In a brazen news media “frenzy” announcement plastered across social media, Red Hot Chilli Peppers have declared their return to the industry with a mass European and American tour in 2022 – with new music undoubtedly on the way, too.
With John Frusciante returning to the guitarists’ helm, the question is – will you make the effort to go see them live?
Happy Sunday folks. Ethereal, cathartic and simply beautiful, The Cinematic Orchestra is the perfect soundtrack to your lush hot chocolates, snug blankets and warm fireplaces as we venture into the season of Autumn.
Enjoy their eclectic collection below. The classic 2007 album of Ma Fleur is the perfect place to start.
I had the privilege of visiting one of the many great independent purveyors of great music today – Rough Trade.
Located across four stretches of UK life in Bristol, London, Nottingham – and even a managing to branch itself across the pond in NYC – Rough Trade has been an integral staple in the discovery of modern music mania here on our doorstep in the UK and in the US.
A somewhat fanciful term for such a warehouse-etiquette but, their ‘headquarters’ are situated in the west of London. They first opened in 1976, right on the doorstep of punk. Now, in their 45th year of trading, they have become a global constituency in the world of music and its industry. Still to this day – as they did in the 70s strife with the punk mania that came before it – they’re celebrating the most exciting new music.
Situated in the most stylistic and cultural pockets of stark cities, their chosen locations were by no means accidental. Diving off main roads into kernels of art graffiti, tapestry and masterful architecture to independent bistro bars, awash with international food stalls and eventually into the crowds who are ready to spring into the new groove of life. Often situated in the most vibrant, culturally contrasting communities in the UK – as well as in the US – they are flagships to the strength of the accompanying cities’ music scenes.
From Portobello Road, Old Truman Brewery to Rockefeller Center itself, it really paints a story.
“As far as we’re concerned, our stores are where the magic happens.
Sure, we sell great music, but the bigger picture is bringing together artists and audiences within a celebratory, inspiring environment, one that welcomes all ages and taste under one roof.”
It’s important to note that they are not merely just record stores, oh no no no. They have also become some of the most celebrated music venues, playing host to some iconic acts in past years that put on simply fantastic, immersive and illusory performances surrounded by an arching wave of artist vinyls and band merchandise.
For me today, I was able to notch off another on the list of all four venues as I visited Nottingham’s store in the area of Hockley. With only one UK venue to go in Bristol, (as well as the obvious one in NYC) I’m holding out hope that I can provide myself an opportunity to visit this one too.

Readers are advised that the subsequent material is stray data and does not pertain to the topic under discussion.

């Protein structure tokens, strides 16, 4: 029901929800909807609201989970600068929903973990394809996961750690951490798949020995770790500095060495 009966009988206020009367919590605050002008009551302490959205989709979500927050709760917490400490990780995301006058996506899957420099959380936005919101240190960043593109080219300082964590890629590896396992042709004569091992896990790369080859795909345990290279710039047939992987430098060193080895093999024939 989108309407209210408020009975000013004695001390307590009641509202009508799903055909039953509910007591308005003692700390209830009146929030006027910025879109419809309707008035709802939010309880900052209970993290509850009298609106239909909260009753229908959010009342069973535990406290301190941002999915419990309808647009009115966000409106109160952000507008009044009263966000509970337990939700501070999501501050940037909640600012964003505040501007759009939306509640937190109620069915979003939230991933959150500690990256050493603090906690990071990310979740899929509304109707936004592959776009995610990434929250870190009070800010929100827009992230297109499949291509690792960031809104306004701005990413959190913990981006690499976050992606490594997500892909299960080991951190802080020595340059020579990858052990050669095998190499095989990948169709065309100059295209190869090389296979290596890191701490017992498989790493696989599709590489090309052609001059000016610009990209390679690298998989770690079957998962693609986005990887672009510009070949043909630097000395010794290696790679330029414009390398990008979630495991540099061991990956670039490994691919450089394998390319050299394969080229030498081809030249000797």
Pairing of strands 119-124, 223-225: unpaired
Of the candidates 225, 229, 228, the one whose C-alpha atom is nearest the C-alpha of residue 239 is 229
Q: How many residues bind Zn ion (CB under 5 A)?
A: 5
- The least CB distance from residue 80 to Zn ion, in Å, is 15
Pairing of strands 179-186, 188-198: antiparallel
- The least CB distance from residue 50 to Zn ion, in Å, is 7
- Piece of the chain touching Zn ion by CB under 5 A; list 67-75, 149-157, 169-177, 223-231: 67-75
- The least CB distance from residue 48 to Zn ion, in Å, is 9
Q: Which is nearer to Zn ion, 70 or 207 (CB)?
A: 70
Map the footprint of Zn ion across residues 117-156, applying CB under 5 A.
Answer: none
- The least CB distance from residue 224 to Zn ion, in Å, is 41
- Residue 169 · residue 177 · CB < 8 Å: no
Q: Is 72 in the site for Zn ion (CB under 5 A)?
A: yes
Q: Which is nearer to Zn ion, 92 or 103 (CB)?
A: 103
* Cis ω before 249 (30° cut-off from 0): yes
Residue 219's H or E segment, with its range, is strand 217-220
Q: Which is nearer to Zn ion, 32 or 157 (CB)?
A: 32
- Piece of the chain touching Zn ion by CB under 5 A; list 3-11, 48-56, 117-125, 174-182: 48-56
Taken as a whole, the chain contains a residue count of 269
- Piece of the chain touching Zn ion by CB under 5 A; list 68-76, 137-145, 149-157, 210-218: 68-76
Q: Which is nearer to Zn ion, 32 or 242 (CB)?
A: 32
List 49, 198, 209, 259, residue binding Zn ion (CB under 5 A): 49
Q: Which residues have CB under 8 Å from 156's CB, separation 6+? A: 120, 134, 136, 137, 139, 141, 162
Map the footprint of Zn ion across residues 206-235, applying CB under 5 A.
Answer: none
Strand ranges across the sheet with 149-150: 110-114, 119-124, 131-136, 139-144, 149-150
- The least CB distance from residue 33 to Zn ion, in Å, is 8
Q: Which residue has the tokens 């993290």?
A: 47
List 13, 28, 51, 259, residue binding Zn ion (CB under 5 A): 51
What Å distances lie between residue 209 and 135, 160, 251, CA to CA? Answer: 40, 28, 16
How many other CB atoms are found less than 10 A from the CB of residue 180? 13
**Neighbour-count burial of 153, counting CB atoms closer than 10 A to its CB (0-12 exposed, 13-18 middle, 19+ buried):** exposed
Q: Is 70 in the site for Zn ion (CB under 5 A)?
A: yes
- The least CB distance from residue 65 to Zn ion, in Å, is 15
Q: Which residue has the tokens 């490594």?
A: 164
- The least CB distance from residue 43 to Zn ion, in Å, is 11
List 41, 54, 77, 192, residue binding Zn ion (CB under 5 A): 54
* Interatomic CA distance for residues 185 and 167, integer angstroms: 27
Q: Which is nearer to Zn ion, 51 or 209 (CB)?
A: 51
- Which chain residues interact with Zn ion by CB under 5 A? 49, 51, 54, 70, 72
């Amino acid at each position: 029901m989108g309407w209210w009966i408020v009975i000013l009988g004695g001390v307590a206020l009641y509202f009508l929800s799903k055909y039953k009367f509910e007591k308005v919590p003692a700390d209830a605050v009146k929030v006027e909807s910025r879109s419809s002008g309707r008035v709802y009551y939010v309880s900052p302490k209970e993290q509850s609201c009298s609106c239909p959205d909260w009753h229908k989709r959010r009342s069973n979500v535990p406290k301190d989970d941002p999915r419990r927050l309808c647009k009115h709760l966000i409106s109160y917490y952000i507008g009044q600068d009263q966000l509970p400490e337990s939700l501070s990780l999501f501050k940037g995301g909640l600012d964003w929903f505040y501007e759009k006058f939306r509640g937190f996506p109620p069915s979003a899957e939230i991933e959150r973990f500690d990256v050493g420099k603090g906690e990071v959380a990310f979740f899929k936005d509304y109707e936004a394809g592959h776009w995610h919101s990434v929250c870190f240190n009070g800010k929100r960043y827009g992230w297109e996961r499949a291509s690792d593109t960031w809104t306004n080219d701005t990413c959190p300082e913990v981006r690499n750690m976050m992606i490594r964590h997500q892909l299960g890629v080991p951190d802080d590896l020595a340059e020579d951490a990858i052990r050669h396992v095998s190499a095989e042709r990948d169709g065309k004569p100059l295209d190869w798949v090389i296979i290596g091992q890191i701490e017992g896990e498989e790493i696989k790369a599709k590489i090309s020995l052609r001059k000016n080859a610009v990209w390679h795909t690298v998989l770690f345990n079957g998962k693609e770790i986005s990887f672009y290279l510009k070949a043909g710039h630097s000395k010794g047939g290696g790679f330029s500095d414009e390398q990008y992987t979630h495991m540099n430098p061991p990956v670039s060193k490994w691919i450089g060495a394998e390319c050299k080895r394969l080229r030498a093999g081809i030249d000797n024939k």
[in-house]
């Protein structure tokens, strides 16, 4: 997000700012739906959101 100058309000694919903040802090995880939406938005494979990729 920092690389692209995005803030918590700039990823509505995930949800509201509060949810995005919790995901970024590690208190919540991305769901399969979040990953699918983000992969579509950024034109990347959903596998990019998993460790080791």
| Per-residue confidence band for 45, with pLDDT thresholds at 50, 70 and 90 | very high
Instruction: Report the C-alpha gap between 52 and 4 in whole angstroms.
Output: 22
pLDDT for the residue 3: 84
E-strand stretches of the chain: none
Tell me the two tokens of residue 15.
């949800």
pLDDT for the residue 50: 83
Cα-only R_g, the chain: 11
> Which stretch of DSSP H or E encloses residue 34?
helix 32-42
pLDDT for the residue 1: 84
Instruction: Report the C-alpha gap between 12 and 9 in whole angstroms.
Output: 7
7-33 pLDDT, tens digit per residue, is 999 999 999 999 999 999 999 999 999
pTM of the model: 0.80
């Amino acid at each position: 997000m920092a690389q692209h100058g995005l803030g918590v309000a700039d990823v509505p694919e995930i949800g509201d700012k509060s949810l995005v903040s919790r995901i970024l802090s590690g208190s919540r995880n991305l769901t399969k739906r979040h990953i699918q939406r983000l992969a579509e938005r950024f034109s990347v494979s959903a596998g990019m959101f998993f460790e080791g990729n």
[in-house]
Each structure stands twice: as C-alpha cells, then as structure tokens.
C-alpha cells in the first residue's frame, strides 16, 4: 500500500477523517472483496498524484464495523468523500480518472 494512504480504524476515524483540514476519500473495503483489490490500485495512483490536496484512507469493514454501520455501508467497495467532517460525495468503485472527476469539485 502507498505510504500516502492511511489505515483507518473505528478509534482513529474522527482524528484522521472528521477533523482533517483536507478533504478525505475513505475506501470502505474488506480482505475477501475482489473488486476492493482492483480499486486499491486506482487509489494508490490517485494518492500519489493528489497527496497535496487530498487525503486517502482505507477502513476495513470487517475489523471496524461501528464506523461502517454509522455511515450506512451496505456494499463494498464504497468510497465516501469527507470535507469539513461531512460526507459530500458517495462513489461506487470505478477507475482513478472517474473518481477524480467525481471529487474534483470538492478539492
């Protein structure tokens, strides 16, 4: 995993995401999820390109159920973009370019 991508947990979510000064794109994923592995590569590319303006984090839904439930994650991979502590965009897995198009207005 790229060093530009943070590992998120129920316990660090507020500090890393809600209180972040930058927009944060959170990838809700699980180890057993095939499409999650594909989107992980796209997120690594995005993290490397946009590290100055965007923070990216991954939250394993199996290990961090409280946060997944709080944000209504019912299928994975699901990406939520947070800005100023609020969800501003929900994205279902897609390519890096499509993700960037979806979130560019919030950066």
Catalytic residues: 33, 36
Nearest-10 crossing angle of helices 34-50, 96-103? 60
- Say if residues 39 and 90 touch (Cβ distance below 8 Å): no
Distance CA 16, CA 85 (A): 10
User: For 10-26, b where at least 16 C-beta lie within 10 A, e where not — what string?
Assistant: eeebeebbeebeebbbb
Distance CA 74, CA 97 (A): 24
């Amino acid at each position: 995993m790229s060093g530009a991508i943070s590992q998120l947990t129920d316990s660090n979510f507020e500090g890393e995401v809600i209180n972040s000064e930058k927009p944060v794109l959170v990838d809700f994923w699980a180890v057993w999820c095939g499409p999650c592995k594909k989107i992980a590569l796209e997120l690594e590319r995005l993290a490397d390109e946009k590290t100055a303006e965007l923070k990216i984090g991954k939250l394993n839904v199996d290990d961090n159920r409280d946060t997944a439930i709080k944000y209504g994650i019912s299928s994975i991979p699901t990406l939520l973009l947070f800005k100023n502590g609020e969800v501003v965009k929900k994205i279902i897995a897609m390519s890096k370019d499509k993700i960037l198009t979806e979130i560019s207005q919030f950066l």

With these being such iconic stores within our music retail, purchasing and general perusers of music, I just had to buy something.
With its fitting home of a tote bag to take home in, I managed to pick up The Cinematic Orchestra’s beautiful story of Ma Fleur, pressed on a clear vinyl with a rarity of exclusive art work present – it was certainly one of the more fitting vinyls to purchase.
Cultivated by a fusion of dancehall, Afro-beat reggae, Burna Boy has since become one of Nigeria’s fast rising-stars.
Inspired by the affluence of Afro-beat bops from his native country and the dancehall beats from the shores of Sandy America, a genre would converge that would soon become his signature sound. Simply sultry and effortless, Burna Boy has acclimatised to global stardom since the early 2010s.
After catching his performance in New York’s Central Park live on television a few weeks back, we instantly fell for his funky Afro-beats, enjoyable stage presence and have been enjoying his music since.
Whether it’s your particular style or not, I would recommend to give his music a try. Maybe if it’s just the one time.
After having a little time to myself after work, I decided to do a little insatiable digging and scouring into the past works and creations of what we saw in terms of music in the 2010s.
After an unwilling acceptance of enjoying chart music a little too much when I was younger, I thoroughly enjoyed the pump-it-loud electronica r’n’b music of Black Eyed Peas, bleary-eyed MIKA and eventually my evolution of indie music with Foster The People’s Pumped Up Kicks.
I always love venturing down a music wormhole of past pleasantries and gander into what my music tastes used to be like during my childhood.
And by God, how much has it changed. Now, I have no idea who enters the charts at one point during the week. It’s a world of unknown and now, a minimal disdain for all things popular music. Bleurgh.